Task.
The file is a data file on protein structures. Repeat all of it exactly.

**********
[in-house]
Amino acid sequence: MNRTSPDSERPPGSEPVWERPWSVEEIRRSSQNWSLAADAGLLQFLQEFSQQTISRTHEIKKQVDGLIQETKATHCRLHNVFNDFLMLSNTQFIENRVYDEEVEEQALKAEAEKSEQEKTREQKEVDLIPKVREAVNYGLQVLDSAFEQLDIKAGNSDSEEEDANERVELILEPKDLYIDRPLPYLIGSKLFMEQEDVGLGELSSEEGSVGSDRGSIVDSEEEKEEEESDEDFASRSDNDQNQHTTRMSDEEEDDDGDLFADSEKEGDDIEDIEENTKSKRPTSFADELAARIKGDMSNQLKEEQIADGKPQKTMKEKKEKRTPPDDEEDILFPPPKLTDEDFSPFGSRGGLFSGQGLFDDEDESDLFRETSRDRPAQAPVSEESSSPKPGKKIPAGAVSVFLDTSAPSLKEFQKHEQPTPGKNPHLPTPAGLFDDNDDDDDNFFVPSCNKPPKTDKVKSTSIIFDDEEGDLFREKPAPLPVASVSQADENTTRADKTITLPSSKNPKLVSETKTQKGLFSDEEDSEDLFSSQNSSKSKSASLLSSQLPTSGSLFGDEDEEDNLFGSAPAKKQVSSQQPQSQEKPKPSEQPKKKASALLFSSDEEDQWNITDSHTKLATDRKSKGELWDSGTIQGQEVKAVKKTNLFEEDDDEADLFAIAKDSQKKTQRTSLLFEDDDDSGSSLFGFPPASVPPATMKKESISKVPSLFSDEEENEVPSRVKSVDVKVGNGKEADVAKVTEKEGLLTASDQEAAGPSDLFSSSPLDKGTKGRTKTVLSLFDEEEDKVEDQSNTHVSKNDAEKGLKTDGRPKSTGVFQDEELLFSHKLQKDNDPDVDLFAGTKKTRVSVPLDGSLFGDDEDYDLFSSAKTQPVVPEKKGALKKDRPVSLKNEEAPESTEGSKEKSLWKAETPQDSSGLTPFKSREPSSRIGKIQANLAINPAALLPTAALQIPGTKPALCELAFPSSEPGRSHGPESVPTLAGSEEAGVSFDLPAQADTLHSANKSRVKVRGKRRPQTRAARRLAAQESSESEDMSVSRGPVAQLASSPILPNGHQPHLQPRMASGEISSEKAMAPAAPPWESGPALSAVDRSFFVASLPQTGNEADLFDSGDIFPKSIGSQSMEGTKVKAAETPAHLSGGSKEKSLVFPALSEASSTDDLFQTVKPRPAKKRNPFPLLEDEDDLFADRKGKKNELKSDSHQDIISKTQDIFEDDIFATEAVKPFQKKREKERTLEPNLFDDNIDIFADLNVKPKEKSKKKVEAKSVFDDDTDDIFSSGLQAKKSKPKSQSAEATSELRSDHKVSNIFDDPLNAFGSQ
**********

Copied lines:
[in-house]
Amino acid sequence: MNRTSPDSERPPGSEPVWERPWSVEEIRRSSQNWSLAADAGLLQFLQEFSQQTISRTHEIKKQVDGLIQETKATHCRLHNVFNDFLMLSNTQFIENRVYDEEVEEQALKAEAEKSEQEKTREQKEVDLIPKVREAVNYGLQVLDSAFEQLDIKAGNSDSEEEDANERVELILEPKDLYIDRPLPYLIGSKLFMEQEDVGLGELSSEEGSVGSDRGSIVDSEEEKEEEESDEDFASRSDNDQNQHTTRMSDEEEDDDGDLFADSEKEGDDIEDIEENTKSKRPTSFADELAARIKGDMSNQLKEEQIADGKPQKTMKEKKEKRTPPDDEEDILFPPPKLTDEDFSPFGSRGGLFSGQGLFDDEDESDLFRETSRDRPAQAPVSEESSSPKPGKKIPAGAVSVFLDTSAPSLKEFQKHEQPTPGKNPHLPTPAGLFDDNDDDDDNFFVPSCNKPPKTDKVKSTSIIFDDEEGDLFREKPAPLPVASVSQADENTTRADKTITLPSSKNPKLVSETKTQKGLFSDEEDSEDLFSSQNSSKSKSASLLSSQLPTSGSLFGDEDEEDNLFGSAPAKKQVSSQQPQSQEKPKPSEQPKKKASALLFSSDEEDQWNITDSHTKLATDRKSKGELWDSGTIQGQEVKAVKKTNLFEEDDDEADLFAIAKDSQKKTQRTSLLFEDDDDSGSSLFGFPPASVPPATMKKESISKVPSLFSDEEENEVPSRVKSVDVKVGNGKEADVAKVTEKEGLLTASDQEAAGPSDLFSSSPLDKGTKGRTKTVLSLFDEEEDKVEDQSNTHVSKNDAEKGLKTDGRPKSTGVFQDEELLFSHKLQKDNDPDVDLFAGTKKTRVSVPLDGSLFGDDEDYDLFSSAKTQPVVPEKKGALKKDRPVSLKNEEAPESTEGSKEKSLWKAETPQDSSGLTPFKSREPSSRIGKIQANLAINPAALLPTAALQIPGTKPALCELAFPSSEPGRSHGPESVPTLAGSEEAGVSFDLPAQADTLHSANKSRVKVRGKRRPQTRAARRLAAQESSESEDMSVSRGPVAQLASSPILPNGHQPHLQPRMASGEISSEKAMAPAAPPWESGPALSAVDRSFFVASLPQTGNEADLFDSGDIFPKSIGSQSMEGTKVKAAETPAHLSGGSKEKSLVFPALSEASSTDDLFQTVKPRPAKKRNPFPLLEDEDDLFADRKGKKNELKSDSHQDIISKTQDIFEDDIFATEAVKPFQKKREKERTLEPNLFDDNIDIFADLNVKPKEKSKKKVEAKSVFDDDTDDIFSSGLQAKKSKPKSQSAEATSELRSDHKVSNIFDDPLNAFGSQ